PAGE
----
MCX Commodity

Backtesting Commodity futures

Whoa, this certainly got my attention! Since I am not a journalist, I don't normally go around challenging claims made by the United States government. But if this statement, which is basically the efficient market hypothesis, is generally true, then all of us traders should just pack up and go home. Now whether or not the efficient market hypothesis is true is subject to much academic debate. But is it right for the government to state definitively that this hypothesis is true, and that all claims otherwise are "fraudulent"?

Political arguments aside, I think that the commodities market may have more arbitrage opportunities (i.e. less efficient) than the stock market. Perhaps this is because there are more participants in the commodities markets that are not speculators, particularly for "consumption" commodities such as oil and gas.

This is not to say that every seasonal pattern that we have backtested is necessarily going to repeat itself. Many of these patterns occur only once a year, and there are just so many years that we can use for our backtest, and needless to say, most of them are "in-sample". My practice is to paper-trade the pattern for at least one year going forward as an "out-of-sample" test, especially if the pattern is not supported by a strong fundamental rationale (like the Australian dollar trade that I talked about in my premium content area.) Furthermore, by publishing my results on this blog, any future repeat of the pattern can indeed be regarded as out-of-sample, increasing our confidence in them.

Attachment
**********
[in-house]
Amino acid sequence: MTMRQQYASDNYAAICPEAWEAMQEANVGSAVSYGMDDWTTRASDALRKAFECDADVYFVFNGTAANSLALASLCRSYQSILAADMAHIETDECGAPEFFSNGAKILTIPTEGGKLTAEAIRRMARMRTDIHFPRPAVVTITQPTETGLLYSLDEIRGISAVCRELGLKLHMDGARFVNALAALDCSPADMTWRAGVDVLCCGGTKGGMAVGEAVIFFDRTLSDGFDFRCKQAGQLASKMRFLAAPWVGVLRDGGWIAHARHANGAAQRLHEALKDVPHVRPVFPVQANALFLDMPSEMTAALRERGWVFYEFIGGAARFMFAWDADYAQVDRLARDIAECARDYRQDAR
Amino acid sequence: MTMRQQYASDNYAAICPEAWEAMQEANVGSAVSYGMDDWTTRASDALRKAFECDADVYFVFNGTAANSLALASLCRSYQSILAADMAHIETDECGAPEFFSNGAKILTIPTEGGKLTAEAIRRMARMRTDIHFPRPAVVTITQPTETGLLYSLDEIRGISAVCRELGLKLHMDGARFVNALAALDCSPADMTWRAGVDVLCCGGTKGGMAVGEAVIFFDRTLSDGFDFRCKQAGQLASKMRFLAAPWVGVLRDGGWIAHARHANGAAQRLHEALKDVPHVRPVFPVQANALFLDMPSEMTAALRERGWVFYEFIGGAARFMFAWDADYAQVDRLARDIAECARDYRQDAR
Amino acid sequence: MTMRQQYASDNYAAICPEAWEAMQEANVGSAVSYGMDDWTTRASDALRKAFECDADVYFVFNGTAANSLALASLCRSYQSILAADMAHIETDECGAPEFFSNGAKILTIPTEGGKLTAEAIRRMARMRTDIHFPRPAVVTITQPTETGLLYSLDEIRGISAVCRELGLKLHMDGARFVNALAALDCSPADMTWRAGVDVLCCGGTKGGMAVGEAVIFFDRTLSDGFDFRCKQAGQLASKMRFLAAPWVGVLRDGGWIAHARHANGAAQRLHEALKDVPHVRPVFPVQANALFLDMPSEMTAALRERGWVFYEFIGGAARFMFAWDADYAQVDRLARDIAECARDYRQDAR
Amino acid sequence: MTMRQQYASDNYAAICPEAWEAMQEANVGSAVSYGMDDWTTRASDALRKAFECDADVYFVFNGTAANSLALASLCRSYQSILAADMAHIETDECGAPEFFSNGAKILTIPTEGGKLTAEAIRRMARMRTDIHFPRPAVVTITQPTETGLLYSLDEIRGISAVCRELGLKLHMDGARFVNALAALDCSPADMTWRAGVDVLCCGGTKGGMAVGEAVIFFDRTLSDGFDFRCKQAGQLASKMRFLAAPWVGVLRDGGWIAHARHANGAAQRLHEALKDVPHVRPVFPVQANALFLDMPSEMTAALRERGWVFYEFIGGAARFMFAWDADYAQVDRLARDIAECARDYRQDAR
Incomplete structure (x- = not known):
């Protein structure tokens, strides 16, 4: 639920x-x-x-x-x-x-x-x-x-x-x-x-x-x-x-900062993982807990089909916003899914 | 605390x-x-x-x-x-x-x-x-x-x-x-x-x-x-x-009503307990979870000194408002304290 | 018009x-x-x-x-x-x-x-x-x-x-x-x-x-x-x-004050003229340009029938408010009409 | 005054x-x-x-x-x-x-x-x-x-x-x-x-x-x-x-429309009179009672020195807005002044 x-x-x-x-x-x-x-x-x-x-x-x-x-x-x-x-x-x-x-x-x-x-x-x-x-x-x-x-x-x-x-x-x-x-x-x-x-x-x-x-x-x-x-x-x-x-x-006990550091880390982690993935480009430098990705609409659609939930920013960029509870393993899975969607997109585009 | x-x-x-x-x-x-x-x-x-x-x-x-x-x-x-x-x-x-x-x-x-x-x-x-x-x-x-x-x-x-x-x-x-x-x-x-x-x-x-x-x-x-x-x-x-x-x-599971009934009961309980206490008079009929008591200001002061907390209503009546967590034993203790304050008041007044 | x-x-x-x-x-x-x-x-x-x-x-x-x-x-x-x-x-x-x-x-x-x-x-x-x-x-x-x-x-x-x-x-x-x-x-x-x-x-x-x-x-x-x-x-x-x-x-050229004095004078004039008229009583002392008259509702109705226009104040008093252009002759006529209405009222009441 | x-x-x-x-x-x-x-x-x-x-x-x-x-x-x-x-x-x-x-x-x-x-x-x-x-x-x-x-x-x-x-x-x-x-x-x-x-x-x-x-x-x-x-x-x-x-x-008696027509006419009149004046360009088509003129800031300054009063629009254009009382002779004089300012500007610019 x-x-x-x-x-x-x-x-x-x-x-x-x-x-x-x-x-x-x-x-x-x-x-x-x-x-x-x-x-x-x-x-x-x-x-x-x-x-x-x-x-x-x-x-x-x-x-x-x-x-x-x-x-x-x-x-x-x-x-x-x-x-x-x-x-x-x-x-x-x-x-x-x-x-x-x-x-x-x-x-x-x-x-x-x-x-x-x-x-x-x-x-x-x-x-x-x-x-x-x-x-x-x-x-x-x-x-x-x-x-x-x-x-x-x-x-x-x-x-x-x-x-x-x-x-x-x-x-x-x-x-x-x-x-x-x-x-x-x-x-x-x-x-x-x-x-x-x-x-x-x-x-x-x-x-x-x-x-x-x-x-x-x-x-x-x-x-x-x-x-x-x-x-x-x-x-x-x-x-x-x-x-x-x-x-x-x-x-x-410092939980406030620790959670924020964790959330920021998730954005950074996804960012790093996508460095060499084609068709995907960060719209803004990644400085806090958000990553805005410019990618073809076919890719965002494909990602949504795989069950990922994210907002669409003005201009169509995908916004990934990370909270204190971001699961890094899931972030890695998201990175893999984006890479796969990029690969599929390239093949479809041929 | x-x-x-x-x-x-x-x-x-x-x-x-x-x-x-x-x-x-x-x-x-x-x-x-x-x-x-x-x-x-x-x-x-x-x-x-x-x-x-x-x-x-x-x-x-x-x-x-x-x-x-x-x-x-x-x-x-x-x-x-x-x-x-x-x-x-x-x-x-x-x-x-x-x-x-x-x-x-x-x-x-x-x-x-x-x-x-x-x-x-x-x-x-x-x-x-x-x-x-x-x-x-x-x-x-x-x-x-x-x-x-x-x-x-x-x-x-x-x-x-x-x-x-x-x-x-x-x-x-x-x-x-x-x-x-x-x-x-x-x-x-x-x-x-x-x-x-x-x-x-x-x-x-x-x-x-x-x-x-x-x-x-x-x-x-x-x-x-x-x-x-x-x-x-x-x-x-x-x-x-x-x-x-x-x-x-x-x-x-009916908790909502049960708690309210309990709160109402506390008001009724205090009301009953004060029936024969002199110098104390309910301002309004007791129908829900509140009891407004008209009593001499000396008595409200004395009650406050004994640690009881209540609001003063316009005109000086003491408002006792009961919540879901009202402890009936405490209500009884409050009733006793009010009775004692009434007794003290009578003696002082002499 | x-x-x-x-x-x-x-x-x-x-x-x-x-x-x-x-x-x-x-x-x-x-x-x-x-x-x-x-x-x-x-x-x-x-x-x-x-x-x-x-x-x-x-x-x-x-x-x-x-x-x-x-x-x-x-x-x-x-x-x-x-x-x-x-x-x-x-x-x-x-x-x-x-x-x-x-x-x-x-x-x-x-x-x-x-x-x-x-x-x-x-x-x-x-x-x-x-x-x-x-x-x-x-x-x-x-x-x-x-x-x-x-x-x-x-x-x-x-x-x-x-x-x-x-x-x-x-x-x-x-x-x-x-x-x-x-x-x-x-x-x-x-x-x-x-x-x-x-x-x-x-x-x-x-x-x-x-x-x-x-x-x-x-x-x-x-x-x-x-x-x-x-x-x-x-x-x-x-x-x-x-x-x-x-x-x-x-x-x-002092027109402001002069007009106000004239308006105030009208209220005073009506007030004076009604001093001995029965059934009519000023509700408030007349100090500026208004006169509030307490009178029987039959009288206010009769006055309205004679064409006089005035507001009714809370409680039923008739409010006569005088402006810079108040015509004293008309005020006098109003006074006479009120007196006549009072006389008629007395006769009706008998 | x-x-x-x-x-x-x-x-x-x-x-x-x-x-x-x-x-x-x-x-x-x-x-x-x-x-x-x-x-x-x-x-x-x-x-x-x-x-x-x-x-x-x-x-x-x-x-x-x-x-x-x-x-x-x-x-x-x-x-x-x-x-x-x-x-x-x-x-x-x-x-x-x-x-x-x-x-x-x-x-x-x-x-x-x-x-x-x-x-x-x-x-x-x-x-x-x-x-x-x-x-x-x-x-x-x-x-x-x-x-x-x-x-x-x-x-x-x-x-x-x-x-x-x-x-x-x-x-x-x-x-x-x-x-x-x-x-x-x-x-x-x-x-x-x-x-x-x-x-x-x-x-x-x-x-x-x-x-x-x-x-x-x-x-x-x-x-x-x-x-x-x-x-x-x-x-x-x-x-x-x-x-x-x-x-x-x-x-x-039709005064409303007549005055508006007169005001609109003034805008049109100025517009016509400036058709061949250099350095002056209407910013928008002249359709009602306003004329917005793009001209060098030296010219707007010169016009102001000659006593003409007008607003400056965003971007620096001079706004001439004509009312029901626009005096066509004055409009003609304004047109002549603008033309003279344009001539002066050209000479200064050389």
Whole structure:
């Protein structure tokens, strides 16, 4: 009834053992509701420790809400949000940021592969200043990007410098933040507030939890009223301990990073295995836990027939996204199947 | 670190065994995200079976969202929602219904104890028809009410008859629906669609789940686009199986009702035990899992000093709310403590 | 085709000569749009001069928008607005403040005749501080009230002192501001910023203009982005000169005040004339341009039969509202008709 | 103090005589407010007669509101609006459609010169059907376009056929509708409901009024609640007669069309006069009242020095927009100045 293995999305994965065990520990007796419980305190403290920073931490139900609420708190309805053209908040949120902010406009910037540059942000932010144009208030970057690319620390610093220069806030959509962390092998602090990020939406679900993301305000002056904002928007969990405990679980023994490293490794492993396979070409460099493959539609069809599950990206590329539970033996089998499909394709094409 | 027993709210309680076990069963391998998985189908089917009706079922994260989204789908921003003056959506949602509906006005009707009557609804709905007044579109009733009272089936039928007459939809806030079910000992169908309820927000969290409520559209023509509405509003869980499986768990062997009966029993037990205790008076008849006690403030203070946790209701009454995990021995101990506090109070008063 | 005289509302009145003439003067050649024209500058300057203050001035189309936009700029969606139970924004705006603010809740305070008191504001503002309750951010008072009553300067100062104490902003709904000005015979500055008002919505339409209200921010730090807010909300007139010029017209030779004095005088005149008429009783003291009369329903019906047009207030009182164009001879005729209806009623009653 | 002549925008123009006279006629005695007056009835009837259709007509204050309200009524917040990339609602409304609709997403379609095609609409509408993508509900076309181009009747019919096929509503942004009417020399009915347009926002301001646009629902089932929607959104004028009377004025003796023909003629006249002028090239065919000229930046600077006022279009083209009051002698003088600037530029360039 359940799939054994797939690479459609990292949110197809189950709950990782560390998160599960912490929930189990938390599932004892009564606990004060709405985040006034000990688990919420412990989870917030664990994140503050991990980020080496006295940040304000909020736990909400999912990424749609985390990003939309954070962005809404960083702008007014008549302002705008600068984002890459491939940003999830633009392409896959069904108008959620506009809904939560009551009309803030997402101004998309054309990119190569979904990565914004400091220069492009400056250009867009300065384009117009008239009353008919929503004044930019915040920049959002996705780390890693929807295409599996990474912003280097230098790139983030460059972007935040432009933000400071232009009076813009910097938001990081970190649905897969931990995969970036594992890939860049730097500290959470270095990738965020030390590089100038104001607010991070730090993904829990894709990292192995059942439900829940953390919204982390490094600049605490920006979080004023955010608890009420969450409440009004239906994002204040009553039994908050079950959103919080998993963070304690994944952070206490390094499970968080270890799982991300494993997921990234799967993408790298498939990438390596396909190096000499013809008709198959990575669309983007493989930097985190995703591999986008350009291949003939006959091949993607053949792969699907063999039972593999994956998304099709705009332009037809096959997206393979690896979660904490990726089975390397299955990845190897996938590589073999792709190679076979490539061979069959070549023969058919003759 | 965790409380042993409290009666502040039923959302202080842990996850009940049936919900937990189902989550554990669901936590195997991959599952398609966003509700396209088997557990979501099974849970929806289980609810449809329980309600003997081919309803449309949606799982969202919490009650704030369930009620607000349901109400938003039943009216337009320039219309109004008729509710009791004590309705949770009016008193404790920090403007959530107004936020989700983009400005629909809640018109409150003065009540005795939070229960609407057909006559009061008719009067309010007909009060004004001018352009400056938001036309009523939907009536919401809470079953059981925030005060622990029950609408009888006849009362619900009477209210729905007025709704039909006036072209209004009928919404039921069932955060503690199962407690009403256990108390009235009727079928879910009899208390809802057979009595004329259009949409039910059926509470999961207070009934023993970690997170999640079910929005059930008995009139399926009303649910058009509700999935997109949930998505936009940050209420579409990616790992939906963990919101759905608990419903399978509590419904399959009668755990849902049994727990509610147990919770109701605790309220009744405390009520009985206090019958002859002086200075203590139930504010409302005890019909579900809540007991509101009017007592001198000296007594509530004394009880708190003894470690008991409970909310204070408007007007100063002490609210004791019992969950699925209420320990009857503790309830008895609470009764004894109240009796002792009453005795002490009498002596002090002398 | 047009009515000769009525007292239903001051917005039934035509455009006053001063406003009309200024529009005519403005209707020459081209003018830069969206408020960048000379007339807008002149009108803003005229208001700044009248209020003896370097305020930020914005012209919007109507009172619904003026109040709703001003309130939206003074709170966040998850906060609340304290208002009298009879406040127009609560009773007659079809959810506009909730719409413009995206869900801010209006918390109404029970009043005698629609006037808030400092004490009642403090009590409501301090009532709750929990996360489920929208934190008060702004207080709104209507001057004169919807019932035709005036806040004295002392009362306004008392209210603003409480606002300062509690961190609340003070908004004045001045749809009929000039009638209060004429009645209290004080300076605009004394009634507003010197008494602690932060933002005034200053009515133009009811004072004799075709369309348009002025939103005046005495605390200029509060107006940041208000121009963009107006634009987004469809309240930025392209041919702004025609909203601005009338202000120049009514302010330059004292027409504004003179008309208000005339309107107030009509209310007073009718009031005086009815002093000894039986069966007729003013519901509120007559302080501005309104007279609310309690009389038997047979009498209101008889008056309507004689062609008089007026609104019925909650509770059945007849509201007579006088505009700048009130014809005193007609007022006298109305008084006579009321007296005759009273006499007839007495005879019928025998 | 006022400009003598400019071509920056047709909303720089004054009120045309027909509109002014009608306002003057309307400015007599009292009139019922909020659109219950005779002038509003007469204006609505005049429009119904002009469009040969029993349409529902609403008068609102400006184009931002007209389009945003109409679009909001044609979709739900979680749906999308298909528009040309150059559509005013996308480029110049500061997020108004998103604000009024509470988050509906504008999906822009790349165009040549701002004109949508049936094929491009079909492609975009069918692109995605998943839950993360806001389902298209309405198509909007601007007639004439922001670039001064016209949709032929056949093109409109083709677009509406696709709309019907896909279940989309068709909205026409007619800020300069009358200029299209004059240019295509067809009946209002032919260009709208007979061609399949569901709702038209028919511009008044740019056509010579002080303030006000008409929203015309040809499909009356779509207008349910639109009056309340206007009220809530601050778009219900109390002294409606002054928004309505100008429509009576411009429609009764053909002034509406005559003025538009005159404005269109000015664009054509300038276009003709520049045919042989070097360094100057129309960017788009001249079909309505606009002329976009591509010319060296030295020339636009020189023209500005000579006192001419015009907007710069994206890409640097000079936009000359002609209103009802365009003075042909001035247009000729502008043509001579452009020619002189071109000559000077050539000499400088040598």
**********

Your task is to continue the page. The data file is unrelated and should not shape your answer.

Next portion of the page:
My own interest in researching seasonality in commodities market was (hopefully) not piqued by the kind of snake-oil salesman that CFTC warns us about. About a year or so ago, I attended a talk given by Dr. David Eliezer at Columbia University's Financial Engineering seminar. The topic is "Structure and Behavior of Commodities Markets" in which he outlined various seasonal patterns that persist in the futures markets. Dr. was formerly the chief quantitative researcher at Goldman Sachs' commodities group. Given this academic respectability, I certainly feel emboldened to enter into the debate!

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Popular Q&A

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What is the Commodities futures market?

The Commodities Futures Market is a Data Service Center. The data of Oil, Natural Gas, Gold, Copper, Coffee, Corn, Soybeans, Sugar, Wheat and Lumber products are all recorded and available to the public to see how well or bad the economy is doing with each category.

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What is a a good commodity to trade in the future?

"I do not know. I do not trade anything, so it is hard to give advice on what would be a good commodity to trade. I do not know what you can trade. Online researches do not give much information."

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